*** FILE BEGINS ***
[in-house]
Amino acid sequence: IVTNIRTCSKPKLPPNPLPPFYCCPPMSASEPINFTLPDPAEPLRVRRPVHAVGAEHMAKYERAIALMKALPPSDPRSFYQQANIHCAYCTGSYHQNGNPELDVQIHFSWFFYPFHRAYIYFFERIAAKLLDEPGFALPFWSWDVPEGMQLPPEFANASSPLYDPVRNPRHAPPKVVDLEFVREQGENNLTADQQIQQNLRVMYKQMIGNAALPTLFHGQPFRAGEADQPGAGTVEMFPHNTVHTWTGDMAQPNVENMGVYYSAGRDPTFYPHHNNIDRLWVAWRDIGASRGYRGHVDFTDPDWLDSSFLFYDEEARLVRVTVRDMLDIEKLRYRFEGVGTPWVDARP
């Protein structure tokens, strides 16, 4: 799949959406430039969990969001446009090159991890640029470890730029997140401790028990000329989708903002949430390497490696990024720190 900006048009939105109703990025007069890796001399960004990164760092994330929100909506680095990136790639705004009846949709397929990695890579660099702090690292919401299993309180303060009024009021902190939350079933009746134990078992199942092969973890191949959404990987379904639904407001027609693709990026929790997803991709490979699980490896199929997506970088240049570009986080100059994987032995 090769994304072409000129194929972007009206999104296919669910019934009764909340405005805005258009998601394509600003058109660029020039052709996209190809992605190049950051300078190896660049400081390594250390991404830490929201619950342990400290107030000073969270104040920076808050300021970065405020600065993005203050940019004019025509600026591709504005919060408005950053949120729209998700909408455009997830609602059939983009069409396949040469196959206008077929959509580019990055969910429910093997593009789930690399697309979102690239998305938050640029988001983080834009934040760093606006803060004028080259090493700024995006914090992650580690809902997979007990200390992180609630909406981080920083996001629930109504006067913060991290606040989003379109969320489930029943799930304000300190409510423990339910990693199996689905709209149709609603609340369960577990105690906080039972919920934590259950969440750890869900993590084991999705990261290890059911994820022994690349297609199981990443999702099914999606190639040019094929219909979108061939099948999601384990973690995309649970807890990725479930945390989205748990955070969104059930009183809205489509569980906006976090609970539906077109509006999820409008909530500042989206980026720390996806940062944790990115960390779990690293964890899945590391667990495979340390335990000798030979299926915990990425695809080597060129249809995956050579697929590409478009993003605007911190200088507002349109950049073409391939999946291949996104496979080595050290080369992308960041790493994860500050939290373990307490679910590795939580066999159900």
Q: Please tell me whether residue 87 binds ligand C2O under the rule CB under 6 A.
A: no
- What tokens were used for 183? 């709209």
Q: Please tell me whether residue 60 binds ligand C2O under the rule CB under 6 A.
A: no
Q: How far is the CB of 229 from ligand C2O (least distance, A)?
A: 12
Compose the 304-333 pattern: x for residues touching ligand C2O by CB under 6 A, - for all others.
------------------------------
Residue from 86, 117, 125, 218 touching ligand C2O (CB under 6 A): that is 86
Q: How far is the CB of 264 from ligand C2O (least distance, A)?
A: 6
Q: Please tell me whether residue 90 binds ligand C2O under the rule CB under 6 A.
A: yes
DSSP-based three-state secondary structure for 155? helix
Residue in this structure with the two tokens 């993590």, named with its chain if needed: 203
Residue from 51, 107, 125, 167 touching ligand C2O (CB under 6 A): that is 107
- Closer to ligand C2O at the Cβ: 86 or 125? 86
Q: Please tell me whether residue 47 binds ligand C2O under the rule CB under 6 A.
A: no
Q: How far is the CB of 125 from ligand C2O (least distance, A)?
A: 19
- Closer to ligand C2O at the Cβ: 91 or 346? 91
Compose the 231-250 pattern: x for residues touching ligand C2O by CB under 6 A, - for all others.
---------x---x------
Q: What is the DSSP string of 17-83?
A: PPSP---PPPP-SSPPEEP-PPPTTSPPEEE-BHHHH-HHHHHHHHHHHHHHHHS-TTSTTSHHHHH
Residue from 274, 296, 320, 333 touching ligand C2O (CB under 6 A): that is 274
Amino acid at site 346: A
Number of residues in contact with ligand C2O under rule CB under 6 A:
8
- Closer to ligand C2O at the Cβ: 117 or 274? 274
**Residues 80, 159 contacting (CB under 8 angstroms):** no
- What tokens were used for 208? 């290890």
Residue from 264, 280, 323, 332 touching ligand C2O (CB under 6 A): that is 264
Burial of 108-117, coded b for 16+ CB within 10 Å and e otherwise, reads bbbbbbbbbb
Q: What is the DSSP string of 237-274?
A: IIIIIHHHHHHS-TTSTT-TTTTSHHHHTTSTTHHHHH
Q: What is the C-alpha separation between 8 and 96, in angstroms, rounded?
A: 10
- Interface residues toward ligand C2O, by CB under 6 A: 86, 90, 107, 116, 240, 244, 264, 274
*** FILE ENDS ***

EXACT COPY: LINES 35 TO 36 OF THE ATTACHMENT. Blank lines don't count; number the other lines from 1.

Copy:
- Closer to ligand C2O at the Cβ: 117 or 274? 274
**Residues 80, 159 contacting (CB under 8 angstroms):** no